Grade Inflation Becomes an Educational Fact of College Life

Reisinger Professor of Slavic Languages and Literatures William M. Todd III, who will become dean of undergraduate education next month, says he believes that students today have opportunities to produce higher quality coursework.

"Forgive me for thinking that [grade inflation] isn't necessarily a bad thing," Todd says. "What's different between now and 30 years ago is that we work much better with students now, and we give assignments on which it is possible to do better work."

Todd says that many assignments in today's curriculum give students the opportunity to revise their work. He cites the growing transition from formal final exams to "take-home" exams, greater opportunities to review paper topics and drafts with instructors and improvements in technology as examples.

"Being able to whip up all those drafts [with word-processing technology] makes a big difference," he says (See story, page B-9).

Whether or not the increasing quality of the student body is responsible for the College's grade inflation is one of the most controversial questions that Faculty members and administrators have tried to answer in recent years.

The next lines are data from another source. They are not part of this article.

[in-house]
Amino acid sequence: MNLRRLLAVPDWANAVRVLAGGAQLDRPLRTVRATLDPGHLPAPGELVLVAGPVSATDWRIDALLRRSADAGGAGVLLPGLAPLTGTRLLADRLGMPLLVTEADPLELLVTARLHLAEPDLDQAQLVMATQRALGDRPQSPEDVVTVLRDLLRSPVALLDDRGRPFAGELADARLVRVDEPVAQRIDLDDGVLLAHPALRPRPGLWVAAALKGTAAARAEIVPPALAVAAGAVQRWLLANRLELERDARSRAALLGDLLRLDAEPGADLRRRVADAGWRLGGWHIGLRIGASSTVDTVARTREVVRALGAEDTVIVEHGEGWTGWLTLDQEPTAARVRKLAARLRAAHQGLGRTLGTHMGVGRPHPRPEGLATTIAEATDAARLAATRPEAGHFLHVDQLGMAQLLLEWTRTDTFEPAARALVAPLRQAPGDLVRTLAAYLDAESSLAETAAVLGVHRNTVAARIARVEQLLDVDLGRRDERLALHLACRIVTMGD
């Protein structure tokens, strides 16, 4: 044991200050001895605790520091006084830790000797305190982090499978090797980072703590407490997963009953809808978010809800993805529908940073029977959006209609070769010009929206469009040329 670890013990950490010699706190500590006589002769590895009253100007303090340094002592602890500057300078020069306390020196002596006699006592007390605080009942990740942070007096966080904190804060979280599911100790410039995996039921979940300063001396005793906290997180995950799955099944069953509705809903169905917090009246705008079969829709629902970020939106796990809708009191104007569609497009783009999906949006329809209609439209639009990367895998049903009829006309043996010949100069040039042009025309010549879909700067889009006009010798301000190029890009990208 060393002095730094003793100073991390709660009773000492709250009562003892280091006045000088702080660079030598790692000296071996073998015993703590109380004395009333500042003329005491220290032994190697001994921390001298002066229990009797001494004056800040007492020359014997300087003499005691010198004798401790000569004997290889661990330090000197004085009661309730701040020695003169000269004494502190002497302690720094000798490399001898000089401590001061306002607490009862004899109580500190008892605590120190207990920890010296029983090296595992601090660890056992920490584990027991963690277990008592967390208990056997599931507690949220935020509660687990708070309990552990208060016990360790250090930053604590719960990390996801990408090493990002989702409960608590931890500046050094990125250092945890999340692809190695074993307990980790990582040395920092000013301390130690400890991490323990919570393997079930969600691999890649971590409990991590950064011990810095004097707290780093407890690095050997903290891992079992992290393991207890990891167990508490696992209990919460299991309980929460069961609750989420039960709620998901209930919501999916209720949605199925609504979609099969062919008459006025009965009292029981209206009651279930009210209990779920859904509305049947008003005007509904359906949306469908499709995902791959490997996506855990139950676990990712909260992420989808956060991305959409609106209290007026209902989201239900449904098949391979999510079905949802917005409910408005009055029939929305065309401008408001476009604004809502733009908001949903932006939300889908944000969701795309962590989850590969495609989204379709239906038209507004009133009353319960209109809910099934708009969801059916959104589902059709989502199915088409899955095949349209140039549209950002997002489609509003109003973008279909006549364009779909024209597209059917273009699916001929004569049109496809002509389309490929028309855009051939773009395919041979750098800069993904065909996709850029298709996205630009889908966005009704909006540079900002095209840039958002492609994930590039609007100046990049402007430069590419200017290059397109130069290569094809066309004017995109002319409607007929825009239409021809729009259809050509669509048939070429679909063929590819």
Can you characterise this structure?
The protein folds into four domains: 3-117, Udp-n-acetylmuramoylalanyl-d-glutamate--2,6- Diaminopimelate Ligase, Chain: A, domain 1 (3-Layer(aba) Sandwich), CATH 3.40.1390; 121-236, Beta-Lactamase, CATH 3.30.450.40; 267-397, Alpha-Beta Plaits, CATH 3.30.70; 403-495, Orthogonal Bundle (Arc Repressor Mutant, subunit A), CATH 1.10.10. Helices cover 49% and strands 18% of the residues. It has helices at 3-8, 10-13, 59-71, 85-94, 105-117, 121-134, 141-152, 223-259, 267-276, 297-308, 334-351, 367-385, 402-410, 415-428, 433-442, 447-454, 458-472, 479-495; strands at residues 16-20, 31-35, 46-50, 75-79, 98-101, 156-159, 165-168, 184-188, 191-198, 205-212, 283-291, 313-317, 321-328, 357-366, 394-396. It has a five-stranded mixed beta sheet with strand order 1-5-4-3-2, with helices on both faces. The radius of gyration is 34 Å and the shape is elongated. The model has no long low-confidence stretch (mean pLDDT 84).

"There's institutional research to support the premise that much, perhaps 30 to 40 percent, of grade inflation can be ascribed to the stronger credentials of our incoming students," Buell says. "It's not the same corral of thoroughbreds we're dealing with."

Pilbeam downplays that argument.

"There's no conceivable way that the amount of grade inflation is explained by a change in the quality of the student body--it's a small piece of the argument," he says.

Proposals for Action

Apart from sporadic discussions of the issue over the past 20 years in bodies such as the Faculty Council and the Committee on Undergraduate Education (CUE), the Faculty has been reluctant to take action to curb grade inflation.

Part of the problem, Faculty administrators say, is that grade inflation simply is not a major priority.

"It should not be regarded as a top priority issue in education," Buell says.

Adds Pilbeam, "I haven't spent many hours this year worrying about it."

Faculty members also say that it is difficult to guarantee that any proposal short of a mandate will create uniform grades.

"It's hard to figure out what to do about [grade inflation]," Wolcowitz says.